MobileESP API: JavaScript

Support for client-side JavaScript processing on most phones is very poor to completely non-existent. Generally speaking, JavaScript is probably reliable only for distinguishing between devices in the iPhone Tier. So if you want to know whether your visitor is one of these devices, the JavaScript probably works fine: iPhone, Android, WebOS, and a few others such as Garmin Nuvifone and late-model Symbian S60 devices. And Windows Phone 7, when the devices are launched in late 2010.

As a result, we don’t recommend using the JavaScript for detecting any other mobile device types. This list includes BlackBerry, Windows Mobile (PocketPC and Smartphone), and practically all feature phones. Instead, usage of one of the server-side platforms (PHP, Java, ASP.NET) is recommended to detect for these types of devices.

New! Demo the JavaScript API using your device.


  • GetUserAgent(): Not supported. Instead, we use a local variable called “uagent”.
  • GetHttpAccept(): Not supported.


All DetectXXX() methods return the booleans TRUE or FALSE (when supported!).


Assume that all of the following methods probably won’t work. If they work, they probably work only for iPhone Tier devices. Some methods have additional notes.

  • DetectIphone()
  • DetectIpod()
  • DetectIpad()
  • DetectIphoneOrIpod()
  • DetectIos(): A convenience method for catching any iOS device.
  • DetectAndroid(): Detects any Android device: phones, multi-media players, tablets, and Google TV.
  • DetectAndroidPhone(): Includes phones and multi-media players; excludes tablets
  • DetectAndroidTablet()
  • DetectGoogleTV()
  • DetectAndroidWebKit()
  • DetectWebkit()
  • DetectS60OssBrowser()
  • DetectSymbianOS(): Probably won’t work for most Symbian devices. Might work for the newest S60-based devices.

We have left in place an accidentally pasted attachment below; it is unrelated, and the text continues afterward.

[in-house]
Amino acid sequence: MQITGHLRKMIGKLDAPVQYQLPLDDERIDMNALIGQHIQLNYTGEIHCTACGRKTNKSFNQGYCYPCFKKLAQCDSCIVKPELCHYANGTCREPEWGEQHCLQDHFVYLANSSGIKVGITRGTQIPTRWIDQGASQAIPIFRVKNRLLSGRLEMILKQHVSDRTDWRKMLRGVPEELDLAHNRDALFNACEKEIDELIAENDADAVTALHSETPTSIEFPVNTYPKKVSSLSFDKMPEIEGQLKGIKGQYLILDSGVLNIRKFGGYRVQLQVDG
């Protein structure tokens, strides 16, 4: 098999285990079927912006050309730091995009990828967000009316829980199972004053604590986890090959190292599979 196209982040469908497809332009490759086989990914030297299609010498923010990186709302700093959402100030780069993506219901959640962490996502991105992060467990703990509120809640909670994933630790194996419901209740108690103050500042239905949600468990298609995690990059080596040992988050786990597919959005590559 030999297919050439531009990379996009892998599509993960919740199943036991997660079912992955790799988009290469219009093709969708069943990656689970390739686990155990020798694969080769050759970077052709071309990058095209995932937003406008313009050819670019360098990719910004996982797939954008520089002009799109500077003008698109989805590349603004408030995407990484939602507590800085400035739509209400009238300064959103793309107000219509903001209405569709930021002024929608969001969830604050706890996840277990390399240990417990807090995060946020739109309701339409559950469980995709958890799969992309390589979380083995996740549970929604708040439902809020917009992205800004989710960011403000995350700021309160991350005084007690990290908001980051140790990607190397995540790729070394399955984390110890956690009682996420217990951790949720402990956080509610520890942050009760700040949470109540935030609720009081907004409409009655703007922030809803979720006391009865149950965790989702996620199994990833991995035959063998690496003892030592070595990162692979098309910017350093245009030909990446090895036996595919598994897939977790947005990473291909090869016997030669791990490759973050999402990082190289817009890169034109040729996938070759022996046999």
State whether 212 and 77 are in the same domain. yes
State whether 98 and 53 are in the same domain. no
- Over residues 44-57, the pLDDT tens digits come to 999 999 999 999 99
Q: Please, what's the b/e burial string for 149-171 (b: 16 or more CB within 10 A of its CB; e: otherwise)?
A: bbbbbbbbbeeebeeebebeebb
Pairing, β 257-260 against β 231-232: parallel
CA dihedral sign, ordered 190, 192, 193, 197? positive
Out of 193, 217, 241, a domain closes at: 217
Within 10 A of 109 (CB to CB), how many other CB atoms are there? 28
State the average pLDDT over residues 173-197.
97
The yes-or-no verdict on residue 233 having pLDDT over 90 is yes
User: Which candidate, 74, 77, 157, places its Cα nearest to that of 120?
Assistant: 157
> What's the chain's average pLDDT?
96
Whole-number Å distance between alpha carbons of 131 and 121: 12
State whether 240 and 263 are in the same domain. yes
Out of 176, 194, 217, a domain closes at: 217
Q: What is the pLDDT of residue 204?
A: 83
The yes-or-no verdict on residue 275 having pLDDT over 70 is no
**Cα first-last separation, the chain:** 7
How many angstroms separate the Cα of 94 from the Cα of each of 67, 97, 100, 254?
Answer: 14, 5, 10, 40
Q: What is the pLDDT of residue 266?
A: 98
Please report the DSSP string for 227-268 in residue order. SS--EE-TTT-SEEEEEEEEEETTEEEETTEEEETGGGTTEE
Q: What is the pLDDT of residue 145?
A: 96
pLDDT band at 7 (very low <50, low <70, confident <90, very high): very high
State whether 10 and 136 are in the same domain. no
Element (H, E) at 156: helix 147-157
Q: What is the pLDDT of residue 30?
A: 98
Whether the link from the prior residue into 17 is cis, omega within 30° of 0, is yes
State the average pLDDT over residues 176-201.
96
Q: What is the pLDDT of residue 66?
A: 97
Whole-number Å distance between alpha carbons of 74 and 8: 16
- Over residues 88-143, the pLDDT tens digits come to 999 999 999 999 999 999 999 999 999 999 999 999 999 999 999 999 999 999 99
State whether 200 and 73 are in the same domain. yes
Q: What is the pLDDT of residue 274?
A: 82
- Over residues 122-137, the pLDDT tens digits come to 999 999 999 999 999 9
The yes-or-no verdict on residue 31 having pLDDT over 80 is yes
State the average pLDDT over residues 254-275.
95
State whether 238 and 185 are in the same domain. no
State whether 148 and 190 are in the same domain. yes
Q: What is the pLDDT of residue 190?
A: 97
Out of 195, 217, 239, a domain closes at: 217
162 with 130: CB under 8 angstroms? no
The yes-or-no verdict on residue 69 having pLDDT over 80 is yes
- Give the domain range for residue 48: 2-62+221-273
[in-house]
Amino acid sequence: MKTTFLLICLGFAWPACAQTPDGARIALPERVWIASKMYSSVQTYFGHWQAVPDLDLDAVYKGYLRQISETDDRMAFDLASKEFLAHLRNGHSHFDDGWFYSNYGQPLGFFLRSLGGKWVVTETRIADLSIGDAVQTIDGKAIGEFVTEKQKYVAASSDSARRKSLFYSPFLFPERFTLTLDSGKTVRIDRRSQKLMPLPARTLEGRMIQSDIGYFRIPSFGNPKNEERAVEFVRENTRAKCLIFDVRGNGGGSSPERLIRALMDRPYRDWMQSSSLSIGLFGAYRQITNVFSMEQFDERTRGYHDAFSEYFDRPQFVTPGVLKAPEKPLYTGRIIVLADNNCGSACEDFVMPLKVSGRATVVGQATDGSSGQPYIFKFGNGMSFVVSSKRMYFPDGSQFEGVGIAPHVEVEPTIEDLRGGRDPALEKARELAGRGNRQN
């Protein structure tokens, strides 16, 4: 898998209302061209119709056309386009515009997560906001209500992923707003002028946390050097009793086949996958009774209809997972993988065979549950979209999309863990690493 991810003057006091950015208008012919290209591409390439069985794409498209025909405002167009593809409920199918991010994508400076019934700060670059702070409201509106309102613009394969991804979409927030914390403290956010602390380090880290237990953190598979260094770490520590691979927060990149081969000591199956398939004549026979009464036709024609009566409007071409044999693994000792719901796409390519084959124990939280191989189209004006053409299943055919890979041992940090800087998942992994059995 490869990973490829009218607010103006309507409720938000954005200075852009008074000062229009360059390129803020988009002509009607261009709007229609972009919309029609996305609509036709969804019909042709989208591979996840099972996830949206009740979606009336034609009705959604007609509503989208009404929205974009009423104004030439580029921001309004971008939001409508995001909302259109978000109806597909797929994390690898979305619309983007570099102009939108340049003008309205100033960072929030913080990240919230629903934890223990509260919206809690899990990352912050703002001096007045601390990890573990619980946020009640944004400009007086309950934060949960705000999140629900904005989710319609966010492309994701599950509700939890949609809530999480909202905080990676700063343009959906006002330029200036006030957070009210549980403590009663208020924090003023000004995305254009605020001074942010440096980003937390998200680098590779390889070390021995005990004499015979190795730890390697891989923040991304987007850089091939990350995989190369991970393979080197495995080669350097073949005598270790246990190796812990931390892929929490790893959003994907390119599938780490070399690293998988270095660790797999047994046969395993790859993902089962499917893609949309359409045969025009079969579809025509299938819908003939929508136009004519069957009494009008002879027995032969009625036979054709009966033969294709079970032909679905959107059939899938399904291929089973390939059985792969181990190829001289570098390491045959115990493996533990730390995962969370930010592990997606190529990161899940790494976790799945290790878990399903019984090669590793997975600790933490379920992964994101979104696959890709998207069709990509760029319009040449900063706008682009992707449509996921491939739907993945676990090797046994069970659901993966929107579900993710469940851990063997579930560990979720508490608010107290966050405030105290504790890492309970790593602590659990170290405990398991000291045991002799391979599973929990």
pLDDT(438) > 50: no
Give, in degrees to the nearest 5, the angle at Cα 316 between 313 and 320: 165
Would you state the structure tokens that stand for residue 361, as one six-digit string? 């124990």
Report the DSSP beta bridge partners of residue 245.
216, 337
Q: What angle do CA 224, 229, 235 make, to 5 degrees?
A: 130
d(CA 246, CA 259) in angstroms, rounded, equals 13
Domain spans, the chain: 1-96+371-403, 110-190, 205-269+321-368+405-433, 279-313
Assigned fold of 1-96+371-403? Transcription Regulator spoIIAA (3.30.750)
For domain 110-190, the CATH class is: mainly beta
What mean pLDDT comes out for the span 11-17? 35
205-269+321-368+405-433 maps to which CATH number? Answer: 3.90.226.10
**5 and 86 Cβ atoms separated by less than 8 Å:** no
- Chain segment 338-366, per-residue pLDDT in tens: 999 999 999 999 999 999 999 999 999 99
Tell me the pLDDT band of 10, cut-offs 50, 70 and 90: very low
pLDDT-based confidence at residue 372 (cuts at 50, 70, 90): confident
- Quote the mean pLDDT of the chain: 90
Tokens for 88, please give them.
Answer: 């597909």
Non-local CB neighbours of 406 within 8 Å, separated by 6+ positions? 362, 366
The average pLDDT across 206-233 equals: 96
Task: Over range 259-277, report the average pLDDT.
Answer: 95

• DetectWindowsPhone7()
  • DetectWindowsMobile(): Might work for some of the newest devices if the JavaScript is included inline in the HTML.
  • DetectBlackBerry(): JavaScript is almost completely unsupported on BlackBerry 5.xx devices.
  • DetectBlackBerryTablet(): For the PlayBook
  • DetectBlackBerryWebKit()
  • DetectBlackBerryTouch(): Probably won’t work for devices in this group.
  • DetectBlackBerryHigh(): Probably won’t work for devices in this group.
  • DetectBlackBerryLow(): Probably won’t work for devices in this group.
  • DetectPalmOS(): Probably won’t work for this platform.
  • DetectPalmWebOS()
  • DetectWebOSTablet()
  • DetectGarminNuvifone()
  • DetectBrewDevice(): Probably won’t work for devices in this group.
  • DetectDangerHiptop()
  • DetectOperaMobile()
  • DetectOperaAndroidPhone()
  • DetectOperaAndroidTablet()
  • DetectWapWml(): Not supported.
  • DetectKindle()
  • DetectAmazonSilk(): Detects the Android-based Amazon Kindle Fire when the Silk acceleration mode is on.
  • DetectSonyPlaystation()
  • DetectNintendo()
  • DetectXbox()
  • DetectMidpCapable(): Not supported.
  • DetectMaemoTablet()
  • DetectArchos()
  • DetectSonyMylo()

DETECTION METHODS: Classes of Devices

These methods are also poorly supported among mobile devices.

  • DetectSmartphone(): Poorly supported even in this class.
  • DetectMobileQuick(): Very poorly supported.
  • DetectMobileLong(): Very poorly supported.
  • DetectGameConsole(): Rolls all of the gaming consoles up into a single method. Poorly supported.


These methods group mobile phones into three broad tiers based on the capabilities of their browsers. See the regular API notes to see a list of devices falling into each tier.

  • DetectTierTablet(): Well supported in this class.
  • DetectTierIphone(): Well supported in this class.
  • DetectTierRichCss(): Poorly supported in this class.
  • DetectTierOtherPhones(): Very poorly supported in this class.
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